Tesco’s rivals stepped up their marketing this week to hit back at the grocer’s £500m price cuts.
Tesco’s Big Price Drop hit stores on Monday, but because it was forced to reveal the initiative last Thursday following speculation that started on Twitter, rivals were able to plan their response.
Asda was the most noticeable, taking out press ads alongside those of Tesco with the strapline: “Only one supermarket is… always 10% cheaper.” Asda dismissed Tesco’s campaign as “spin”.
Meanwhile, Morrisons ran press ads promoting its Big Pay Day Price Crunch, claiming to offer more than 1,000 half-price offers.
And even Waitrose insisted that it would remain steadfast on its Brand Price Match promise. Commercial director Mark Williamson said: “We will not waver from Brand Price Match, our long-term commitment to match Tesco prices on a thousand branded goods. It costs us £19m a year.”
Sainsbury’s said it remained focused on its Live Well For Less campaign rather than get drawn into price cuts but it did slam Tesco’s initiative as “classic smoke and mirrors”, stating it was “giving with one hand and taking with the other”.
Tesco’s investment is a key part of UK chief executive Richard Brasher’s plan to get the domestic market back on track, and it focuses predominantly on its own-label brands in order to increase margin.
The price investment comes at the expense of its Double Clubcard offer, which will be axed in order to reinvest the cash into cuts.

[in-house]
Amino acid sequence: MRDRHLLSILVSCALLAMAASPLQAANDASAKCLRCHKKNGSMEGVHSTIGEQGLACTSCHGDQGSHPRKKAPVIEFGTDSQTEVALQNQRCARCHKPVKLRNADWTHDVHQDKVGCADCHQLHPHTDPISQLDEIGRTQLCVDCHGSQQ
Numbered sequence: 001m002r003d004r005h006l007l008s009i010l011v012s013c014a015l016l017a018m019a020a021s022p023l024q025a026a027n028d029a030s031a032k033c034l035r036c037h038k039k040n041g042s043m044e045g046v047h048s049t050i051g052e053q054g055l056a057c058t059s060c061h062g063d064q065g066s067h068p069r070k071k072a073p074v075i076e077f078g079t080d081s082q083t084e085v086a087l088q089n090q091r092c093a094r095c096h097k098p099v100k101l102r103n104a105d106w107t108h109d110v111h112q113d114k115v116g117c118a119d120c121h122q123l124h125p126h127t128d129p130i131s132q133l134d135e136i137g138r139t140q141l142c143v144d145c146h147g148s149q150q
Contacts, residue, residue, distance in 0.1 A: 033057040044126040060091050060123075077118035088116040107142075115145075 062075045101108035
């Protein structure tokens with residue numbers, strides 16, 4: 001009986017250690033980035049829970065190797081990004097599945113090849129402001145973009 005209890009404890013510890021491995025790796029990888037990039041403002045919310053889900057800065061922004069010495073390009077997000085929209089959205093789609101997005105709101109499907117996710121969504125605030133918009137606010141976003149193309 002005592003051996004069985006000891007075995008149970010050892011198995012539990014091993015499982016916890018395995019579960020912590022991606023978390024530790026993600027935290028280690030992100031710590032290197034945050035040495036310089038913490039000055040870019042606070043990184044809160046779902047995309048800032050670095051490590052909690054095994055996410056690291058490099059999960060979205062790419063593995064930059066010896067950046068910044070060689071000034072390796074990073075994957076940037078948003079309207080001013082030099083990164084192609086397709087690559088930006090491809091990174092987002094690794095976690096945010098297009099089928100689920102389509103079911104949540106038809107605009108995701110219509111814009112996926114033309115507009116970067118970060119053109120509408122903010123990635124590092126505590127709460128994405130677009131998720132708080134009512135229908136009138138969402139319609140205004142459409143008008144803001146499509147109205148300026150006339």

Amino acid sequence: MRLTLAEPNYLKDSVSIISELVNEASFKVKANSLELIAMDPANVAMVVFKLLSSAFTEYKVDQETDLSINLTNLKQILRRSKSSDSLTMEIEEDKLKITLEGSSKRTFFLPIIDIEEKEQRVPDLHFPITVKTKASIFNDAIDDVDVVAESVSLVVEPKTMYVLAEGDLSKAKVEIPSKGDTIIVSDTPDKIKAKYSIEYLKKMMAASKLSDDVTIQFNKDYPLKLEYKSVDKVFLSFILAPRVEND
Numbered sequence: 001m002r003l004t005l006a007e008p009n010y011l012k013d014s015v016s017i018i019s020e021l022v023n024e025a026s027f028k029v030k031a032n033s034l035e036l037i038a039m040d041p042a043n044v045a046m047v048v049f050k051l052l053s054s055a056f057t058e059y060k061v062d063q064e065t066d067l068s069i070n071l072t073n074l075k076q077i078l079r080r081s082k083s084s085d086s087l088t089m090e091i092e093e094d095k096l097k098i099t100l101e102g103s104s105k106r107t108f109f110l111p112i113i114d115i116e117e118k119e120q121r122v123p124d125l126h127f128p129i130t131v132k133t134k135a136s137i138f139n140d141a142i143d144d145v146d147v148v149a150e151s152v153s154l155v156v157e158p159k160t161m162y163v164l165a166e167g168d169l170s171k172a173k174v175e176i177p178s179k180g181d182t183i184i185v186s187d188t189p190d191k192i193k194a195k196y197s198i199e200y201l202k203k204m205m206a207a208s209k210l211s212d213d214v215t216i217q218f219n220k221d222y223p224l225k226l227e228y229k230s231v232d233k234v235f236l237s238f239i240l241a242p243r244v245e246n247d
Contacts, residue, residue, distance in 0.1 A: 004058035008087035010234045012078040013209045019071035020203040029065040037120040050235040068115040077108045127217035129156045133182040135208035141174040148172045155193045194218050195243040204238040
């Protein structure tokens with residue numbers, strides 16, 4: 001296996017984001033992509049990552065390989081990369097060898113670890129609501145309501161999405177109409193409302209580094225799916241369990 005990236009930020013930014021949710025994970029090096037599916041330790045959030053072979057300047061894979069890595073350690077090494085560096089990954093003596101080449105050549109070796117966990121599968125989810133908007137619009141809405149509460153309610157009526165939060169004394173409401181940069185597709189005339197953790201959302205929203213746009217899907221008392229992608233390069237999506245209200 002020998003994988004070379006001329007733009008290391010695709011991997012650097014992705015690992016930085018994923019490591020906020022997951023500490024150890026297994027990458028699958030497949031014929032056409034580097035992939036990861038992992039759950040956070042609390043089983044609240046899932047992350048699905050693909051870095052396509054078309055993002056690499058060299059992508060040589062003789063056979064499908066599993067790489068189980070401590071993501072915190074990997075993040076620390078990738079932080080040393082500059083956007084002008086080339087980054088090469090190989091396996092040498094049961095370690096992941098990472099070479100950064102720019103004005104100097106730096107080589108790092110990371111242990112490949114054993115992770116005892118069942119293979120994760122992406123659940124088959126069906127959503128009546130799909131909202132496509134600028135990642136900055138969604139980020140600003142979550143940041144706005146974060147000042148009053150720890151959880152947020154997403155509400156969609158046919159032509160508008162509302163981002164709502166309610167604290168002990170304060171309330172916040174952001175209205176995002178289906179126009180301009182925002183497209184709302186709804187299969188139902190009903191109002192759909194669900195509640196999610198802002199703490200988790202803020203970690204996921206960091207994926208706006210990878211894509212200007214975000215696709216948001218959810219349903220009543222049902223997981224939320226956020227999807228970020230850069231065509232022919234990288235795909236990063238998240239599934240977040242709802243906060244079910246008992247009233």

Tesco has also simplified promotions, reducing the number of multibuys, echoing Asda’s drive for everyday low prices.
There are differences of opinion on the actual cuts of the 3,000 products, with some more dramatic, such as grapes down from £3.47 to £1.98, and others much less, such as Ambrosia custard down from 90p to 85p. However, the City thought the grocer was taking the right steps.
Shore Capital analyst Clive Black said: “The initiative is measured, planned and rational, reflecting analysis undertaken in these difficult economic times and also set against mellow in-store trading from the group in the UK.”
Similarly, Evolution analyst Dave McCarthy said: “This appears to be the right strategic move by Tesco and should help the company get on the front foot.”
The campaign also includes some non-food, and Brasher hinted that separate activity was planned for this part of the business. This follows group chief executive Philip Clarke outlining earlier this year that non-food was underperforming.